Although Bathurst is currently in the throes of a rainy week of weather, the local SES has reassured the community there's no immediate risk of flooding, but stressed unexpected storms could change the situation quickly.
According to the Bureau of Meteorology [BOM], Bathurst received approximately 15 millimetres of rainfall from 9am Sunday to 9am Wednesday, and has predicted a further 15 to 30 millimetres to fall across Thursday and Friday.
Despite the expected rain, SES Western Zone community capability officer David Rankine said the immediate risk of flooding is low, but stressed the SES is always on flood alert.
"We're always on flood alert, but there's no perceived issues of flooding from the BOM's perspective for the Macquarie River," Mr Rankine said.
"We'll see the river rise, but at the moment, the Bureau isn't suggesting it will get to flood proportions."
However, Mr Rankine said isolated thunderstorms have the potential to change the flood narrative at short notice.
"We are expecting the best part of two weeks worth of ongoing rain, so if there's isolated thunderstorms within that footprint, it could add extra, unpredicted rainfall," he said.
"Thunderstorms with heavy downpours are pretty difficult to predict, and are isolated in terms of where that water might land."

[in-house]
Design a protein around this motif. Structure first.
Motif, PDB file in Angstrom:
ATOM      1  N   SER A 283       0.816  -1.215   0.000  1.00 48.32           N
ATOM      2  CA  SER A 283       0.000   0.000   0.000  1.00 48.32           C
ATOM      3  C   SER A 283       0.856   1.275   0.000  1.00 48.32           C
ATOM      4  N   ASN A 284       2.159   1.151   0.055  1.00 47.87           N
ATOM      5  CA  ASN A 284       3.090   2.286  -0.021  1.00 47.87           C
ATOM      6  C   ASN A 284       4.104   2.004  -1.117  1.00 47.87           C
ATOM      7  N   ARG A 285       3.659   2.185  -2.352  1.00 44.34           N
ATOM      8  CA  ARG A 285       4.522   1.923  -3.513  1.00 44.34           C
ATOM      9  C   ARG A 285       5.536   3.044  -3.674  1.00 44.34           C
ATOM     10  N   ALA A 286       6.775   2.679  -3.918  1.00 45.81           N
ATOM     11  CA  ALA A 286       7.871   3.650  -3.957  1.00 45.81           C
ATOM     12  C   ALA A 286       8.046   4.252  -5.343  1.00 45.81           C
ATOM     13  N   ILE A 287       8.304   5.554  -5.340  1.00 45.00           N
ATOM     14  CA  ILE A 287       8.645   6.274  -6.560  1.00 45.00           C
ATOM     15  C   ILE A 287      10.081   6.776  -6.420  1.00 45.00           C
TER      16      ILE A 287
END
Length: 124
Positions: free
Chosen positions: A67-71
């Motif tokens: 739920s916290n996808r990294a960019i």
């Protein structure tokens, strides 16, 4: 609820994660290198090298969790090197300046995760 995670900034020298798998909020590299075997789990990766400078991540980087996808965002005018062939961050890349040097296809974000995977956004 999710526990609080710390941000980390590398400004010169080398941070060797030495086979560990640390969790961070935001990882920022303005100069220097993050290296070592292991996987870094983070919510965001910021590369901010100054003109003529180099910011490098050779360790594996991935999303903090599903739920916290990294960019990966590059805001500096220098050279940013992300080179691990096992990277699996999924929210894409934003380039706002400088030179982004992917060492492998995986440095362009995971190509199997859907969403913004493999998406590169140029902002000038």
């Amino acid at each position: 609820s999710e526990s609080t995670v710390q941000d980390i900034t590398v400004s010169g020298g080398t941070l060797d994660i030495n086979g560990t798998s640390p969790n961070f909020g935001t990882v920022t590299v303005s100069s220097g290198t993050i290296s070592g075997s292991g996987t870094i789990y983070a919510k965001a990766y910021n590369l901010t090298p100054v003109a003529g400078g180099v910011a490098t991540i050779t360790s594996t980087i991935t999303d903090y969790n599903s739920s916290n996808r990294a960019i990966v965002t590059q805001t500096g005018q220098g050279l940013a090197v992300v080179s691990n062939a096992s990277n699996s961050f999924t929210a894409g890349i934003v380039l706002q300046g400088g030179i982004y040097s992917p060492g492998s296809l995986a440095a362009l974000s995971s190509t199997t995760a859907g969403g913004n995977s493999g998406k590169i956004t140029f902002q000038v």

The last time the Macquarie River broke its banks was on August 25, where the river reached a peak of 4.68 metres after 42.8 millimetres of rain had fallen across the preceding 24 hours.
Mr Rankine said its important for members of the community to be mindful of the weather over the next few weeks as storm season begins to enter full swing.'
"We've slipped into a La Nina weather pattern, which is where the surface temperature of the Indian Ocean is warmer, resulting in more evaporation and more frontal systems across eastern Australia," he said.
"The SES typically has a weather briefing with BOM weekly on a Monday, but these briefings have extended to tri-weekly due to an increased need to keep a close eye on the weather.
"There will be thunderstorms coming through as we venture closer to summer, and because the catchment is so full and Chifley Dam is overflowing, it won't take much rain to see flooding events between now and Christmas."
Our journalists work hard to provide local, up-to-date news to the community. This is how you can access our trusted content: